SEATTLE--- Conservation groups are offering up to a $15,000 reward for information leading to conviction of those responsible for the illegal killing of the breeding female wolf of the Teanaway pack in Washington’s Okanogan-Wenatchee National Forest. The killing is one of several in the past year jeopardizing the recovery of Washington’s gray wolves, which are fully protected under the federal Endangered Species Act in the western two-thirds of Washington and throughout the state under state endangered species law.
State and federal officials recovered the dead Teanaway pack breeding female on Oct. 28 near the Salmon la Sac area north of Cle Elum. Based on GPS collar data, U.S. Fish and Wildlife Service agents believe the animal was killed around Oct. 17.
The Fish and Wildlife Service has requested that anyone with information about the killing of this wolf, or who might have noticed suspicious behavior in the Teanaway area, to contact federal law enforcement agents at (206) 512-9329 or (509) 727-8358. State law enforcement may be contacted at the 1-877-933-9847 hotline for reporting poaching activity in Washington. Reports to this hotline may be made anonymously.
“We know that it’s very likely that someone has important information about this abhorrent killing that will be useful to law enforcement,” said Amaroq Weiss, West Coast wolf organizer at the Center for Biological Diversity, which is contributing to the reward. “Statewide surveys indicate three out of every four Washington residents support restoring wolves here, and now we need some of those concerned citizens to step up and help us prevent further setbacks for recovery by helping us find and convict the person responsible for the brutal death of this animal.”
“Whether one supports or opposes wolf recovery in the Northwest, poaching like this is an unacceptable abuse of our shared natural heritage,” said Jasmine Minbashian, communications director for Conservation Northwest.
“Every wolf counts in Washington’s ongoing and fragile wolf recovery,” said Shawn Cantrell, director of Defenders of Wildlife Northwest field office. “It is our hope that this reward will help law enforcement bring the person responsible for the killing of this wolf to justice and deter future tragic killings.”
“This tragic, illegal killing of yet another alpha female clearly demonstrates why all of our state’s gray wolves need protection. They are an endangered species and still have a long road to a full recovery in Washington,” said Dan Paul, Washington state director for The Humane Society of the United States. “We thank the US Fish and Wildlife Service for their commitment to investigate this heinous act.”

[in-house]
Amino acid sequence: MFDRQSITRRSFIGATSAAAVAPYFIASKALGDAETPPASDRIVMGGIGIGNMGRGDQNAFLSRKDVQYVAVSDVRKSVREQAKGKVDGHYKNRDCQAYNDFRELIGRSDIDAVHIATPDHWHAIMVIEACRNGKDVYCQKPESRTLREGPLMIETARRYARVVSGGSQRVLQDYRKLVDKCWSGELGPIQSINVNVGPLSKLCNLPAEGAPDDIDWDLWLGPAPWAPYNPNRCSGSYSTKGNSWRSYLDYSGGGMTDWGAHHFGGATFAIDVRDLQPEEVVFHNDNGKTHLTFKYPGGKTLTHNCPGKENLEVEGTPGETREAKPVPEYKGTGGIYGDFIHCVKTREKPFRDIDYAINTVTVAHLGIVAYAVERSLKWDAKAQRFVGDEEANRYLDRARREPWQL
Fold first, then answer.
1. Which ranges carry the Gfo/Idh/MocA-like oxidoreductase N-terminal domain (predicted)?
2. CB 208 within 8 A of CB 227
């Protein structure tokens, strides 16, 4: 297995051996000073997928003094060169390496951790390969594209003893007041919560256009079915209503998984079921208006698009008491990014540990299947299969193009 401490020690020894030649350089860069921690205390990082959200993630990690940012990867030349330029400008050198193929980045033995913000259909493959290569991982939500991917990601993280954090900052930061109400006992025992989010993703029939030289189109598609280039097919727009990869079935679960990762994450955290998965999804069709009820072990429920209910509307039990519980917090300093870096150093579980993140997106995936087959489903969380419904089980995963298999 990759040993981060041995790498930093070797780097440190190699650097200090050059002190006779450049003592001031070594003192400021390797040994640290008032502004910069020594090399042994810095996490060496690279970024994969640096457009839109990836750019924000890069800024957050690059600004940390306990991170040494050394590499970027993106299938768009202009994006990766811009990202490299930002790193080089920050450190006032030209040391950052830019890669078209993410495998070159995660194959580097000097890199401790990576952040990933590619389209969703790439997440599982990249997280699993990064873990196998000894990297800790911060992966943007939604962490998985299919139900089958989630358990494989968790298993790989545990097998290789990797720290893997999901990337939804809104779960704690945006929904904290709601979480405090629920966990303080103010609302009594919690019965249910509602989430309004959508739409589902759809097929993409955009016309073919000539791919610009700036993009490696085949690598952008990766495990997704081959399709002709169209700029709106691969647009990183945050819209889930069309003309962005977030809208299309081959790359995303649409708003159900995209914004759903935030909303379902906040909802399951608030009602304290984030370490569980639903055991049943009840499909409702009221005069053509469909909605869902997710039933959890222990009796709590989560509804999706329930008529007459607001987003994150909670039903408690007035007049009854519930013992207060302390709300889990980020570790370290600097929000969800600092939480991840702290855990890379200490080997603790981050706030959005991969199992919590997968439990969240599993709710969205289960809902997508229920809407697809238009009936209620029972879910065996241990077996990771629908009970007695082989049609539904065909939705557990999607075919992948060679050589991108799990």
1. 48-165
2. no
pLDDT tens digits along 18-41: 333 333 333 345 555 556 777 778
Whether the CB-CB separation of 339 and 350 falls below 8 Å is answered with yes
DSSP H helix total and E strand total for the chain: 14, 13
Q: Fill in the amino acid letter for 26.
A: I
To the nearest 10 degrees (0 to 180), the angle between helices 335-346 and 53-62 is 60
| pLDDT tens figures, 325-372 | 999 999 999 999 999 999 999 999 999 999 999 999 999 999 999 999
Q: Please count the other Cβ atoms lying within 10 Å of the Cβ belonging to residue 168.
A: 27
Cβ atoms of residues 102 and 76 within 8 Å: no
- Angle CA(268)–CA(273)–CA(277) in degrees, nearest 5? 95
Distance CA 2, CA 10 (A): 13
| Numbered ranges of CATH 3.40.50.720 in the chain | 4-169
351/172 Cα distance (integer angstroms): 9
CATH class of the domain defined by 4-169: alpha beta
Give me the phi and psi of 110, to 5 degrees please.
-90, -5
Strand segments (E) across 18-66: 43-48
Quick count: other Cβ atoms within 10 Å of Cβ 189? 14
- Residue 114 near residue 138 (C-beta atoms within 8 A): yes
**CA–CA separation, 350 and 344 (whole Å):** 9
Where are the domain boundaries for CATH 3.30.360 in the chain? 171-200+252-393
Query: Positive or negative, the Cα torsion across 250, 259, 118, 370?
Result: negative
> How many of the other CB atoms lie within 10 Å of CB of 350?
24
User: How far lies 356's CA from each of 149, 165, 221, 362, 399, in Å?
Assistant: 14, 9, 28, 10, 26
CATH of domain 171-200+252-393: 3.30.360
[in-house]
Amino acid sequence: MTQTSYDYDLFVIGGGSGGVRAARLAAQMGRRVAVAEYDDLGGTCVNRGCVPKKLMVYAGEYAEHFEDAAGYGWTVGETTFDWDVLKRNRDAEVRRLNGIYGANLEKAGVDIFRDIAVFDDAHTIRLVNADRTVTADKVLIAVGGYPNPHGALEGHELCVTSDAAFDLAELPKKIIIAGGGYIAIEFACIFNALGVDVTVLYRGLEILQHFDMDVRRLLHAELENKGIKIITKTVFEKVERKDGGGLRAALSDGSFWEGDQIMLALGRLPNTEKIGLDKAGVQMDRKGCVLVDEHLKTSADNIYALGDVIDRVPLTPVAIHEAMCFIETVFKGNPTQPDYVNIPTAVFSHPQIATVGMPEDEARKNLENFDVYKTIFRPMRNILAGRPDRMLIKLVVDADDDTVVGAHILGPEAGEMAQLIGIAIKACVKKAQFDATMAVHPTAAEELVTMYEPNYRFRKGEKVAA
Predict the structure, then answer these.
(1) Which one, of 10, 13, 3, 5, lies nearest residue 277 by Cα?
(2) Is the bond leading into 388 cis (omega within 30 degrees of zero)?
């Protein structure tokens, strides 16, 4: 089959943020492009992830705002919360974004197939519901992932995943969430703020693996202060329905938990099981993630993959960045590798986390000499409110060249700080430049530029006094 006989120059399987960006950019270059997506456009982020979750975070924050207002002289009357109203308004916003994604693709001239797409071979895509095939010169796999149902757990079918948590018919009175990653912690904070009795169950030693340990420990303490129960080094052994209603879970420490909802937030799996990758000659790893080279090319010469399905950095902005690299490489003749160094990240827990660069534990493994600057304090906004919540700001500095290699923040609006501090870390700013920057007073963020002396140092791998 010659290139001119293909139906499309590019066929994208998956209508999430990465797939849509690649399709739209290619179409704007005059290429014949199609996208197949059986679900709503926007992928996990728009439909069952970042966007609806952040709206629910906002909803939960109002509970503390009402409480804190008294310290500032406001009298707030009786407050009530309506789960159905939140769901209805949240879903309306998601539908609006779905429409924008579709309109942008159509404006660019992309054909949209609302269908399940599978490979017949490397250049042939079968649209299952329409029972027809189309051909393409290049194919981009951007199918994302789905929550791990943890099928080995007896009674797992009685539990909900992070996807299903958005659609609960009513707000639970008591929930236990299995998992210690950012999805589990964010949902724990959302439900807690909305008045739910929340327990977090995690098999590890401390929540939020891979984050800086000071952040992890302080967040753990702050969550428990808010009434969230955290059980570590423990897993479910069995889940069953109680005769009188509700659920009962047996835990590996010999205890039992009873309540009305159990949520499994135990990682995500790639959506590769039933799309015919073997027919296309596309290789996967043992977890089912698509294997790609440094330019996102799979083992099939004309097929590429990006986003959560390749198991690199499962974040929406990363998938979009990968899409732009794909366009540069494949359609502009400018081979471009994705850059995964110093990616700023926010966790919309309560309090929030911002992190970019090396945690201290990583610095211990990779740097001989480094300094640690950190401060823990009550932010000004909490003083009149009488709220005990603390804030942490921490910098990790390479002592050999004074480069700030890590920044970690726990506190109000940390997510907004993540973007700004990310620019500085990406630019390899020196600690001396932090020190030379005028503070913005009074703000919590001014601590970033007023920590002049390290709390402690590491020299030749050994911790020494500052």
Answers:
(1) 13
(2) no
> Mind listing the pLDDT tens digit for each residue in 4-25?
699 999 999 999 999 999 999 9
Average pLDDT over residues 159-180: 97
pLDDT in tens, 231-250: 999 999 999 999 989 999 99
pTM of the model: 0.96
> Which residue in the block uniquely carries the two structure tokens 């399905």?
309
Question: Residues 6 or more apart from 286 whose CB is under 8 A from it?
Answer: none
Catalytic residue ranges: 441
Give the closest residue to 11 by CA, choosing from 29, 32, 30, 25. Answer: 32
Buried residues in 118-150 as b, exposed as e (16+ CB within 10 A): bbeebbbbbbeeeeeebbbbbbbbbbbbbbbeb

The groups coordinating the reward for information leading to a conviction in this case include the Center for Biological Diversity, Conservation Northwest, Defenders of Wildlife, The Humane Society of the United States, The Humane Society Wildlife Land Trust, and Woodland Park Zoo.
There were only 52 confirmed wolves in Washington at the end of 2013, with five of Washington’s packs statewide having confirmed breeding pairs - two in the North Cascades and three in Northeast Washington. This killing is the second breeding pack female lost in Washington in 2014, and has left the North Cascades Recovery Region with the potential for only one successful breeding pair, a decline back to the 2008 breeding level. The other known loss in 2014 was the Huckleberry pack breeding female in northeastern Washington in August. The state wolf conservation goal is a minimum of 15 successful breeding pairs for three consecutive years in three recovery regions across the state from eastern Washington to the Olympic Peninsula. To date, numbers of successful breeding packs in the state have been stagnant at five since 2012.
Washington’s wolves were driven to extinction in the early 1900s by a government-sponsored eradication program on behalf of the livestock industry. Since the early 2000s, the animals have started to make a slow comeback by dispersing into Washington from neighboring Idaho and British Columbia.
Human-caused mortality has been a major cause of losses for Washington’s wolves since wolves began recolonizing the state in 2007, including wolves in at least six of the state’s known packs (Lookout, Ruby, Wedge, Huckleberry, Teanaway and Diamond packs). The killings have included the breeding females in four of the state’s productive packs (Lookout, Wedge, Huckleberry, Teanaway).
Because the Teanaway pack represents the southern edge of confirmed wolf recovery in Washington’s Cascades, the pack’s continued survival is critically important to meet the state’s recovery goals. The state Department of Fish and Wildlife, local ranchers and conservation organizations have invested extensive time and resources to prevent conflict between this wolf pack and livestock, including co-sponsoring range riders to supervise sheep and cattle herds. These efforts have been successful, with no reported conflicts within the territory of the Teanaway pack in recent years. State wildlife officials recently described the Teanaway wolves as a model pack. With the loss of its breeding female, the pack’s future success is now in jeopardy.
Groups sponsoring the reward are working together to advance wolf recovery in Washington through the state’s 2011 Wolf Conservation and Management Plan.